Alexey Menshikov, CEO of Beatshapers (StarDrone) has also released his company’s plans (in an exclusive with IndustryGamers) to delay their product launch due to the perception that it “might just get lost in the many releases” when PSN re-launches. In regards to his current perception of Sony after the outage, Menshikov stated that, “In the past events with outages, and regarding PS3 hacks, Sony always was confident and helpful, although not immediately.”

Kazuo Hirai, Sony Corp's President, has become a central blame figure following the incident

“Sony will be helping us retain key focus [prominent placement on the PSN Store] for an extra few weeks as they understand how something like this can affect a small dev studio like ours,” said Paddy Murphy, CEO of Open Emotion (Mad Blocker Alpha). “As it’s our first week in the U.S., I’m sure it will affect sales, but we have to understand that Sony wouldn’t take down the entire PSN on a whim. As long as they can give us some marketing assistance when the PSN is back up, we are sure we will be able to recoup our potential losses.”

Industry securities consultant Michael Pachter has a much more optimistic view of the outtage, saying that this temporary down-time could be better for gamers in the long-run.

“I think they’re really trying to make the system hack-proof, and there appear to have been some pretty serious security issues. They have to keep the system secure no matter what, so being down a few days is worth it if they can ensure security over the long run,” Pachter commented to IndustryGamers. “There will be some short-term pain, but over the long run, gamers will appreciate that Sony is looking out for their best interest.”

Pachter has since issued another statement to IndustryGamers concerning the long-term effects the hack could have on Sony’s bottom line. Turns out, not much.

“Of course, this is bad for Sony’s image, and they have to fix the breach and ensure that it doesn’t happen again, or they will risk losing customers forever, ” Pachter theorized, “I don’t think people switch sides in large numbers based on this, considering that few will really have lost very much at all (two weeks of Call of Duty multiplayer is probably the biggest loss), and to ‘switch sides’ means buying a 360 and paying $60/year for XBL. I think that Sony is in good shape as long as there is not another incident. If there’s another breach, it would be pretty bad…No, I don’t think PS3 sales will be impacted at all. Late adopters are far less likely to care about PSN than early adopters.”

In terms of good news, “Playstation Network” as a Google search item has increased 2,350% over the past few weeks. So…there’s that.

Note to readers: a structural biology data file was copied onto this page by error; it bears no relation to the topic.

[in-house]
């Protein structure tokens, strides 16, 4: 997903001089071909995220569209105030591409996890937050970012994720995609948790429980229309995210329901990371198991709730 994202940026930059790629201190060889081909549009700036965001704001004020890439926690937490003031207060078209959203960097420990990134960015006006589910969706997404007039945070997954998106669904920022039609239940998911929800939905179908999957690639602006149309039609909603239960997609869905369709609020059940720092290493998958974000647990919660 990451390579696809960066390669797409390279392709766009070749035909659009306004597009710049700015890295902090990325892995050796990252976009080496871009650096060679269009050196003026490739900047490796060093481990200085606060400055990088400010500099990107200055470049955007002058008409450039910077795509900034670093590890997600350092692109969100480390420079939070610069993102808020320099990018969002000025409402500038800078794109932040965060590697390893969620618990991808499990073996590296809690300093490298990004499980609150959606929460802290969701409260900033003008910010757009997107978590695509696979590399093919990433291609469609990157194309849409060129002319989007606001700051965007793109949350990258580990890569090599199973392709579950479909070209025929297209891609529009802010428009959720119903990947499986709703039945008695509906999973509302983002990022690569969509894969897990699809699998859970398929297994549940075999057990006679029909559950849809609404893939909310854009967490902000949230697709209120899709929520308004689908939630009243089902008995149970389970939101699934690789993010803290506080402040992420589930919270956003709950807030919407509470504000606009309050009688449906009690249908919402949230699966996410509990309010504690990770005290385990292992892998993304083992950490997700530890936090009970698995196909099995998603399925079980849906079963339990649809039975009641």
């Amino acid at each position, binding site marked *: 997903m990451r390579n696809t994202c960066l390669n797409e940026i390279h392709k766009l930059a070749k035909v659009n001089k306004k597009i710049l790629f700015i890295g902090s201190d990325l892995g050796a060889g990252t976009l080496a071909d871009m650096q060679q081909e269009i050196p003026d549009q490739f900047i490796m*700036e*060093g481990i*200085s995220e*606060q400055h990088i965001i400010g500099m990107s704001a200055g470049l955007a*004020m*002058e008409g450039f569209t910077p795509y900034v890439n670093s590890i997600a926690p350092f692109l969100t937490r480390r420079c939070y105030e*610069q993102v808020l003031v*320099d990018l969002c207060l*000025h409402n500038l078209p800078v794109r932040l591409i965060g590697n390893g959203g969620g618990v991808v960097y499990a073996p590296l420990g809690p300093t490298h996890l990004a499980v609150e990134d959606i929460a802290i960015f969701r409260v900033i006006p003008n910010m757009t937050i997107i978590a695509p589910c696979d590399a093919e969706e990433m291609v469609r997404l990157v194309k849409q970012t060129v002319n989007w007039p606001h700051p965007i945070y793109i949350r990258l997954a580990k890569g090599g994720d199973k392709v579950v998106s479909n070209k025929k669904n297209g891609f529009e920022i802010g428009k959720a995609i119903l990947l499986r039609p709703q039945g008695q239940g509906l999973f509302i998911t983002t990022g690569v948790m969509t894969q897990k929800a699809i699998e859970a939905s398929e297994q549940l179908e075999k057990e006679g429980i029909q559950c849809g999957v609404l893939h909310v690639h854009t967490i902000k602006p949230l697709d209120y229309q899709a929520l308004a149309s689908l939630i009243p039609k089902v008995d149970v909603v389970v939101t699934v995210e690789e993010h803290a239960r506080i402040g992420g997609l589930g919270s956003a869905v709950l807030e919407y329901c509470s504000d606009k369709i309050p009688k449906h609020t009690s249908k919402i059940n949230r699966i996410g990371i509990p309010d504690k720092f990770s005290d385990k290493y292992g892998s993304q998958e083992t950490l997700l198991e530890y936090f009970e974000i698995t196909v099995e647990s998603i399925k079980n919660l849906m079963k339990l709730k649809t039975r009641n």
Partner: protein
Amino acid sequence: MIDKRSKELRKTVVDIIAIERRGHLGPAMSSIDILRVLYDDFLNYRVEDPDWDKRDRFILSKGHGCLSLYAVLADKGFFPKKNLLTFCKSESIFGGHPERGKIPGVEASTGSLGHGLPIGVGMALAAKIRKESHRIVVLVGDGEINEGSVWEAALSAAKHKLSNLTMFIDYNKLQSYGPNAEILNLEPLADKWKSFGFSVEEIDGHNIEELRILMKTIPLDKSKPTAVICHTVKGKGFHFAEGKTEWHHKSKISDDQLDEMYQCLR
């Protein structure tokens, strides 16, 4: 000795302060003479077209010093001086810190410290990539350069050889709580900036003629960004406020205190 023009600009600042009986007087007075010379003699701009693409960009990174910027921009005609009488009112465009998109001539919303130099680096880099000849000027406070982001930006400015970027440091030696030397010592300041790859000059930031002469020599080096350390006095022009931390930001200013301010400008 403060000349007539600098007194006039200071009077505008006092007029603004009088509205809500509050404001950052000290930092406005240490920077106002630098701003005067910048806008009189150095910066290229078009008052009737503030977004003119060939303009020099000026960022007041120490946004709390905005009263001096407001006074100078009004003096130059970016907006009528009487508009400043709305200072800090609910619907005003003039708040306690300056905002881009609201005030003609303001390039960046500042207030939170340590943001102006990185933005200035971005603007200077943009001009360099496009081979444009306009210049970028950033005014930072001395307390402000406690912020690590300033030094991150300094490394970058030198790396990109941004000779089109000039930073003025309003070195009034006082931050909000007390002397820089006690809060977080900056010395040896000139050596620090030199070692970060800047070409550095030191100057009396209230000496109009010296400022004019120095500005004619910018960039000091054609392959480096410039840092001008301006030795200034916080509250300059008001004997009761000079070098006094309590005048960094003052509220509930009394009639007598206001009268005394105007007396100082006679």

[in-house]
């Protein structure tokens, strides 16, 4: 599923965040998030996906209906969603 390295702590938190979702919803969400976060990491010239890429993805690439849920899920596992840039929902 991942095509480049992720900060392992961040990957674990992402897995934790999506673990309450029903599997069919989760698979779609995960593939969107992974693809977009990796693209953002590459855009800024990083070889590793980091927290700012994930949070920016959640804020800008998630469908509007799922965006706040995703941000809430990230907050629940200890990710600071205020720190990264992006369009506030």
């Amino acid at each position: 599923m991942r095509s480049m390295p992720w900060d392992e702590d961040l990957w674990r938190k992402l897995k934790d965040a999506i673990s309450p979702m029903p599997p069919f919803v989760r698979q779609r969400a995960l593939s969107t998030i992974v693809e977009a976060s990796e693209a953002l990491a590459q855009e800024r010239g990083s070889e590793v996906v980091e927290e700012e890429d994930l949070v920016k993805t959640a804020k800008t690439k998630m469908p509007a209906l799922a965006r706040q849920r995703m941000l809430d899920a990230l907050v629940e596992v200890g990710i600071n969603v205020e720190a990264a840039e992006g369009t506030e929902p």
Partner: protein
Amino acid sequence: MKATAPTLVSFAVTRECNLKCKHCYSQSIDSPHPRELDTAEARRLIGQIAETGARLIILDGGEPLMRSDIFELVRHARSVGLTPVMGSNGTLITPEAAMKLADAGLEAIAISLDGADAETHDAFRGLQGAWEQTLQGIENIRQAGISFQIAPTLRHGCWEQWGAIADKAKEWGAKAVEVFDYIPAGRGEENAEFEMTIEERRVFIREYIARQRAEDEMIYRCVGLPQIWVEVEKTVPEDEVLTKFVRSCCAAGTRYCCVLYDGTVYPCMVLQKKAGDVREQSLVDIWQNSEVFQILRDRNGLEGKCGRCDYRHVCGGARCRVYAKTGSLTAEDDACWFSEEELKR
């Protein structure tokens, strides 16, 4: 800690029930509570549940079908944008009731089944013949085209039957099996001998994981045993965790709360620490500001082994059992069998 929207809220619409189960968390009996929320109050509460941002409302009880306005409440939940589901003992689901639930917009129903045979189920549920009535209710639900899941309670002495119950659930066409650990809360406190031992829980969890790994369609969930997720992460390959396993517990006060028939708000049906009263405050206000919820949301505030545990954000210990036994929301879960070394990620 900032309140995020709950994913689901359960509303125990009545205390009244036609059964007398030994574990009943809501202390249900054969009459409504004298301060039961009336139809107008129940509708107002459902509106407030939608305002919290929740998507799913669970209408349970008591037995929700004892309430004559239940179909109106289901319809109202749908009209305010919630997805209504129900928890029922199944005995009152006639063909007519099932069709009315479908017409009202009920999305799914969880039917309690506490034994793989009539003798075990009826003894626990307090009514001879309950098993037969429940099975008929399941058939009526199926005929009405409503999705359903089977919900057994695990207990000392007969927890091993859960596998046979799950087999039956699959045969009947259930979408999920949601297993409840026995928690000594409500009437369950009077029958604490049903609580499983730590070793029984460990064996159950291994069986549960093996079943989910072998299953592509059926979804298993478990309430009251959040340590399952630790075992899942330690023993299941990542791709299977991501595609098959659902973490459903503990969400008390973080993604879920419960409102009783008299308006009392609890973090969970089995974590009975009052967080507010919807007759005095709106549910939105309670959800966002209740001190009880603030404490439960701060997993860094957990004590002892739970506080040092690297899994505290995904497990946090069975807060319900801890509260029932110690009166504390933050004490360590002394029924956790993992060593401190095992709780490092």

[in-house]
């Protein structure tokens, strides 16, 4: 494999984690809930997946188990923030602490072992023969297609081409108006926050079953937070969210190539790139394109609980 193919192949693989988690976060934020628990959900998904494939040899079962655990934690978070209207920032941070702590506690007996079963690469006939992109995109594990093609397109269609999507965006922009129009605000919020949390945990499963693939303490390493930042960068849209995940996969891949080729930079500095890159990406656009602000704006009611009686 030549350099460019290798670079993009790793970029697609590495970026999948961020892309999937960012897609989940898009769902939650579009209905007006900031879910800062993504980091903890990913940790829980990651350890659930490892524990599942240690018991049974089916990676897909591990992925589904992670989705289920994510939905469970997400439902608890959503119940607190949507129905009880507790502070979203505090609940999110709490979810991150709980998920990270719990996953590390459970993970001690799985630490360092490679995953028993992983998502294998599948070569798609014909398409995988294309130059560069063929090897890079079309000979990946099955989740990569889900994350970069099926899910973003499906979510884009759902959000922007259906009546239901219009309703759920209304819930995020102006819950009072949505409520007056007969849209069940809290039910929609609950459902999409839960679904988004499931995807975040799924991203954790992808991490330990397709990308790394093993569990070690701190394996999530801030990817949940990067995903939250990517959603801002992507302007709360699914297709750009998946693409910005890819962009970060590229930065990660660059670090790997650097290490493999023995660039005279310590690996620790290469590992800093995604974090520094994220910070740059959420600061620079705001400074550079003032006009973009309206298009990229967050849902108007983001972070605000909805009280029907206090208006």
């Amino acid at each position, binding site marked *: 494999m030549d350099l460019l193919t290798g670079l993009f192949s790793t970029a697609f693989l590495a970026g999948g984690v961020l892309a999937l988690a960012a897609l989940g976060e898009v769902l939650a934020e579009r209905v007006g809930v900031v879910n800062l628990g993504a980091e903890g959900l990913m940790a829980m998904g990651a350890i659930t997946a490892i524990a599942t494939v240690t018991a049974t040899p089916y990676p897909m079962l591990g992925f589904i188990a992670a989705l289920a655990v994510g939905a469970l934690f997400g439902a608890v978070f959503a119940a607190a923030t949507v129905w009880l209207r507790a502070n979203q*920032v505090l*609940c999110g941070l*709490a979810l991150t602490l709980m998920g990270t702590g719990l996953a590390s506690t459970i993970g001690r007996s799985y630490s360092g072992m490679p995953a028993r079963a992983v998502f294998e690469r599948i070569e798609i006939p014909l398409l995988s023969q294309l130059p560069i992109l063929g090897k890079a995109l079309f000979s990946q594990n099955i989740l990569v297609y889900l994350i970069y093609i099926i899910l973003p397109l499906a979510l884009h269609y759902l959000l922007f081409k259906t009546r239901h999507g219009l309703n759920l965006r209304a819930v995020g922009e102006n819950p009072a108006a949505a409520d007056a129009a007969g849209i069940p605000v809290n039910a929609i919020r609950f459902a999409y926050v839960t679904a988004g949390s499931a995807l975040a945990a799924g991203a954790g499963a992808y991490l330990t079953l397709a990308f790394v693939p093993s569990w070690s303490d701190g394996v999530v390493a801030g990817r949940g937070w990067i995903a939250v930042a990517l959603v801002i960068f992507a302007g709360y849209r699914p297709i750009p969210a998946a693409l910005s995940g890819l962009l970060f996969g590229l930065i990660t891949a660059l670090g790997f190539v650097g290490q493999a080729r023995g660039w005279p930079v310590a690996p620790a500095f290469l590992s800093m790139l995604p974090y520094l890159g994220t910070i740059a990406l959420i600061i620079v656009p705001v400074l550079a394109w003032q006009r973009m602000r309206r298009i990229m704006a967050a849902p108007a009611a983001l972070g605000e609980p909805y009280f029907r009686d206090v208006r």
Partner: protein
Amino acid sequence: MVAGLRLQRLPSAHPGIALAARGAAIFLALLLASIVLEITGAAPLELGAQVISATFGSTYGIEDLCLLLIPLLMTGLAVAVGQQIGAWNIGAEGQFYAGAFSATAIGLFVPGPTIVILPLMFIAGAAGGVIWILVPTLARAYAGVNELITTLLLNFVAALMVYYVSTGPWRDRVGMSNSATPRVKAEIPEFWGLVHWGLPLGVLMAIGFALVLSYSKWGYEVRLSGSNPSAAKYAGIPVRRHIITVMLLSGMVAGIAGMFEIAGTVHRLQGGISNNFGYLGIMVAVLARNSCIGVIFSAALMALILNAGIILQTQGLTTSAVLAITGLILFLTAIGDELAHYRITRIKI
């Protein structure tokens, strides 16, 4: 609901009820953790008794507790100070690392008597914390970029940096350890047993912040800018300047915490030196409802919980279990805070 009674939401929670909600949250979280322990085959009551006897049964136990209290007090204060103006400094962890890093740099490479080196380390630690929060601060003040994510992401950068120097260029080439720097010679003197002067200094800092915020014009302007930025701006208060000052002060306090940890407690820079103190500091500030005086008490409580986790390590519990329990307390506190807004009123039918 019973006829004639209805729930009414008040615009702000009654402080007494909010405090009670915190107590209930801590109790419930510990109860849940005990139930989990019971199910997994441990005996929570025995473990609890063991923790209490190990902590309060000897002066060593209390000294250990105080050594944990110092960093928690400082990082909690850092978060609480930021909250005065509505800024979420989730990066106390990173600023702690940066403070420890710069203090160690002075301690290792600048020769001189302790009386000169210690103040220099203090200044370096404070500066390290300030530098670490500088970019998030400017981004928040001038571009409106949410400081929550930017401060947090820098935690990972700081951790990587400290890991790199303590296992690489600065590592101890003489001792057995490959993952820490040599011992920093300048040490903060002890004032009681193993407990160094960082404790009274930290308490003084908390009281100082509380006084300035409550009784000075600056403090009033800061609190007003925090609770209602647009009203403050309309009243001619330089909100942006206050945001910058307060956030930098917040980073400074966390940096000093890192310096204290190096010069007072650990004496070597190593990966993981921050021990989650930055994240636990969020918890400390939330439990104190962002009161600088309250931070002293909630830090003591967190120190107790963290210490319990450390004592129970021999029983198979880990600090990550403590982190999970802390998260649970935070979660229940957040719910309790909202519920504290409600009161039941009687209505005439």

A lot of information to process here, E-Gs, but what are your thoughts on all these new details? Comment below!

10 thoughts on “[UPDATE] Playstation Network Breach, Credit Data Status”

  1. First off, Sony should have had better security for the system itself and its online services.

    That being said, I am sure Sony will put up a much stronger service. As I said earlier, Sony should compensate all gamers and not just the PSN+ subscribers (though they deserve more compensation since they are paying customers). I can’t wait to get this issue resolved so I can play Portal 2 co-op again and sync my trophies.

    1. come on Keck, nothing is hack-proof. Even the pentagon has been hacked when people are determined. I’m sure they had as good of a security as any other online service, it just so happened that the hackers were buttsore over the limitation of their ability to pirate games by various factors and got pissy at sony.

      I agree completely that some form of compensation is due… but what form it takes, who knows.

      1. Ok, I’ll give you that. But, just allowing your encryption codes to be out in the open is a huge oversight (what the failOverflow guys found that led the system to be blown wide open). But yes, it is a bunch of people complaining and then ruining things for the rest of us.

        I just want this issue to be resolved soon.

          1. Especially when it comes down to politicians. They really don’t know that much when it comes to technology, and just play the harbinger of punishment. Sony is at fault for not encrypting the personal data that well (read that in an article earlier), but the the credit cards may or may not have been taken (this is still debatable).

            I do like that they are rebuilding PSN for the better (maybe they can add in cross-game chat and some other features). Still, this needs to get resolved quick so we can go back to enjoying our daily lives.

    2. Sony is actually known for making some of the most secure and hack proof services and products available, or at least they were. Remember that it took hackers 4 years to crack the PS3 the first time, and then once Sony launced the “firmware” that fixed it it took them another 6 months to crack that.

      Microsoft on the other hand got their system hacked into oblivion only 4 months after it’s release. And Nintendo got their system hacked after barely a year.

  2. Shit happens. Just get the goddamn service up and running again. I need my Netflix & Hulu Plus.

    1. Netflix still works… but I think your account is directly applied to hulu plus. I m not sure though. Ive been surviving with the full series of Trigun.